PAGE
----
This lesson is part 4 of a series of lessons aimed to show the capabilities of MapWinGIS.ocx to develop Windows-based desktop GIS standalone applications using C#. If you are reading about MapWinGIS.ocx the first time, I strongly recommend reading the previous three articles before. These articles are available here: Part 1, Part 2, and Part 3.
Many GIS specialists believe that data creation is one of the most important GIS activities. GIS data may be created in different ways, it may draw directly or be imported from secondary sources. In this article, I am going to discuss how to manage data creation using MapWinGIS.ocx and C#. I am using .NET Framework 3.5 and Microsoft Visual Studio 2008 Professional Edition. Actually, you can use Visual Studio Express Edition without any problems. Also, you have to install MapWinGIS.ocx in your machine. Finally, the data used in this article is attached as a zipped file.
The objective of the following program is to create a point shape file using secondary data stored in comma separated values in *.csv text format. A CSV file is a specially formatted plain text file which stores table-style information in a very simple format, with one record on each line, and each field within that record separated by a comma. In this tutorial, a series of locations were stored in a CSV file named road.csv. Each location was described using three parameters. The first parameter is the ID which is the integer index. The second and third parameters are the location coordinates in a Universal Transverse Mercator metric coordinate format. The following figure shows the contents of the road.csv file shown in Notepad++ software.
I have to mention here that many data gathering devices such as GPS and echo sounders can export gathered data. For instance, NMEA 0183 files that download from GPS devices is some kind of CSV file format.
Three main problems should be considered by the programmer when working on CSV to shape file conversion software. These problems are how to create a new shape file, how to read CSV file contents and parse it properly, and finally, how to create the shapes and add it to the shape file. The following figure shows a detailed methodology to convert a CSV file to a shape file.
The first step is to create a new shape file instance using the MapWinGIS API. The second step is to add a new index field for the new shape file table. It is recommended to add at least one field to the shape file in the creation phase. In this example, the index field will be the integer data type. These steps represent the first task to be considered by the developer, which is the shape file creation task. After finishing this task, we have an empty shape file. If we terminate the program at this point, we will lose the shape file, because it is empty. The shape file should include some shapes to be a real shape file, and has a location and size on the storage media. Before adding the shapes for the shape file, we have to create these shapes using data provided by the CSV file. So, the next task is to open the CSV file and read its contents. The third step is to open the CSV file. This is a very easy step because, this file is a text file. Reading the CSV file contents line by line and analyzing the line to extract the ID, x, and y data is the fourth step. Analyzing the CSV line is done using secondary subroutines. These subroutines introduce the fourth step. The fifth step is to create the shapes using the MapWinGIS API. After creating the shapes, the shapes should be added to the shape file, which is the sixth step. Steps from four to six will repeated while the CSV file still has rows to read. The final step is to save the shape file.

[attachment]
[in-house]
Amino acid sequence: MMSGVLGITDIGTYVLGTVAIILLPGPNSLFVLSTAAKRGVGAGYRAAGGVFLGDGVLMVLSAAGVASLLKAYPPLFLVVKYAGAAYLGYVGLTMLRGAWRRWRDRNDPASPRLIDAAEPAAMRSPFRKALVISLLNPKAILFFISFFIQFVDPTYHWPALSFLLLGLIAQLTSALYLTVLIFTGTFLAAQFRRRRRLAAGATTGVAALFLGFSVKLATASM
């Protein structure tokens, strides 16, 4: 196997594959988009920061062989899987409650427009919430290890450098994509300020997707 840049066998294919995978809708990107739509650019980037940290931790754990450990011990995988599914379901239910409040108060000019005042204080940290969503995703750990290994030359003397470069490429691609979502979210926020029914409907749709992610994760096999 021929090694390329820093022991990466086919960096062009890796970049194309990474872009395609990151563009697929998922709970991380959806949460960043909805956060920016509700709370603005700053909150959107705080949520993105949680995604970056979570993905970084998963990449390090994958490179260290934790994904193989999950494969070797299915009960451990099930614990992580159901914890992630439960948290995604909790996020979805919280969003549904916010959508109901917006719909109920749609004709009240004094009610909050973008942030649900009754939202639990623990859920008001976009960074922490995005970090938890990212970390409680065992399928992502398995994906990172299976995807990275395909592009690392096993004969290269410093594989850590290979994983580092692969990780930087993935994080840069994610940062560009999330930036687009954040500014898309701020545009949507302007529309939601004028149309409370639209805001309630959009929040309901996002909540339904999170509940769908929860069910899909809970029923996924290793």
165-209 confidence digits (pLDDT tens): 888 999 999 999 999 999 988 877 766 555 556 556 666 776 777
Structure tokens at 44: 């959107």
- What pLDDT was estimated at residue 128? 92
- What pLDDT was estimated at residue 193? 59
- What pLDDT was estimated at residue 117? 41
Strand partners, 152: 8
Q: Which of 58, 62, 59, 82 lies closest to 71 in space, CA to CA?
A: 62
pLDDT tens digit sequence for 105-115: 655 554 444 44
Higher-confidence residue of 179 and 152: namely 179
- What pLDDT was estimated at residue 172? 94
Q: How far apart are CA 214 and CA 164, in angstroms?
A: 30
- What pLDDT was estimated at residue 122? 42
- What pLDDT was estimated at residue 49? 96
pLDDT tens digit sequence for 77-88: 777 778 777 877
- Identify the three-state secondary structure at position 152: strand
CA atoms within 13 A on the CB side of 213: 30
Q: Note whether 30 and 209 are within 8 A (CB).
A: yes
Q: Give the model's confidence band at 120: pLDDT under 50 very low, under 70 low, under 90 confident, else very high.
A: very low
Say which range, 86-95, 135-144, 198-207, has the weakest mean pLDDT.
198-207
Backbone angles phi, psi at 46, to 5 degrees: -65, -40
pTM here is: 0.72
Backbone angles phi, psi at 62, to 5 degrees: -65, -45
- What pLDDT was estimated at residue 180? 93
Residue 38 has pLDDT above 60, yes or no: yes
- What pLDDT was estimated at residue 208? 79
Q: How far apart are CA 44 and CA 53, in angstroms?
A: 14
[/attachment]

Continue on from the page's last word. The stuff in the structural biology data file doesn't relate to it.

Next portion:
Time to write some code
I think we have a complete road map to develop a simple software to convert a CSV file to an ESRI shape file. So, let's write some funny code. In this tutorial, we will use a console application template. Start your Visual Studio and create a new Console Application project. We need to add a reference to MapWinGIS. You can get a detailed description of how to add this reference for your project in the first tutorial in this series. Before writing the core of our code - the CSV to shape file conversion code - we have to develop a simple code to parse the CSV file contents. The following code box shows three static methods:
GetY, where each method receives a CSV raw and returns a specific component from this raw (Index, X, Y field values).
private static double GetY(string sentence)
string strY = sentence.Substring(sentence.LastIndexOf(";") + 1);
double result = Convert.ToDouble(strY);
private static double GetX(string sentence)
string strNewSentense = sentence.Substring(sentence.IndexOf(";")+1);
string strX = strNewSentense.Substring(0, strNewSentense.IndexOf(";"));
double result = Convert.ToDouble(strX);
private static Int16 GetIndex(string sentence)
string strId = sentence.Substring(0, sentence.IndexOf(";"));
Int16 result = Convert.ToInt16(strId);
Back to the main method for the console project, where we will write the core code. In the first line, add the code required to create a new instance (
myShapefile) for the
Shapefile class. In the second line, use the method
CreateNew to create a new physical shape file by assigning its full path and its geometry type. The geometry type for the shape file is defined by the
ShapefileType enumerator. This enumerator can define 14 geometry types. The most common geometry types provided by this enumerator are